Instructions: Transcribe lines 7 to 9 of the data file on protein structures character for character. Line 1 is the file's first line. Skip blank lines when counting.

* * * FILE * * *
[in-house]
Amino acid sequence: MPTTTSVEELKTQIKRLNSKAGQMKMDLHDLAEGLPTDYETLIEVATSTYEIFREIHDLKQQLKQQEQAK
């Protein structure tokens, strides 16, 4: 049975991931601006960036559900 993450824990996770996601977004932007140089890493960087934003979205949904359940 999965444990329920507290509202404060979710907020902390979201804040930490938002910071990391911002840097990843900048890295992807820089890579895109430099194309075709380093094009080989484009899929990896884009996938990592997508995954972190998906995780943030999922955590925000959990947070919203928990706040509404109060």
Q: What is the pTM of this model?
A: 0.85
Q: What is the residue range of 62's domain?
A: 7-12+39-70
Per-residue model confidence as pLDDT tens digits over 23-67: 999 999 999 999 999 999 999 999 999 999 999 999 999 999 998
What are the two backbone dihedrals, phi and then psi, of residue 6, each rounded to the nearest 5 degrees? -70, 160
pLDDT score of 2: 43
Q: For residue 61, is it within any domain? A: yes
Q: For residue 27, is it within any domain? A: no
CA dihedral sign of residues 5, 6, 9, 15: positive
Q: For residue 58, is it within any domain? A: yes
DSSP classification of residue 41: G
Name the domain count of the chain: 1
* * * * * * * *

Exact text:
A: 7-12+39-70
Per-residue model confidence as pLDDT tens digits over 23-67: 999 999 999 999 999 999 999 999 999 999 999 999 999 999 998
What are the two backbone dihedrals, phi and then psi, of residue 6, each rounded to the nearest 5 degrees? -70, 160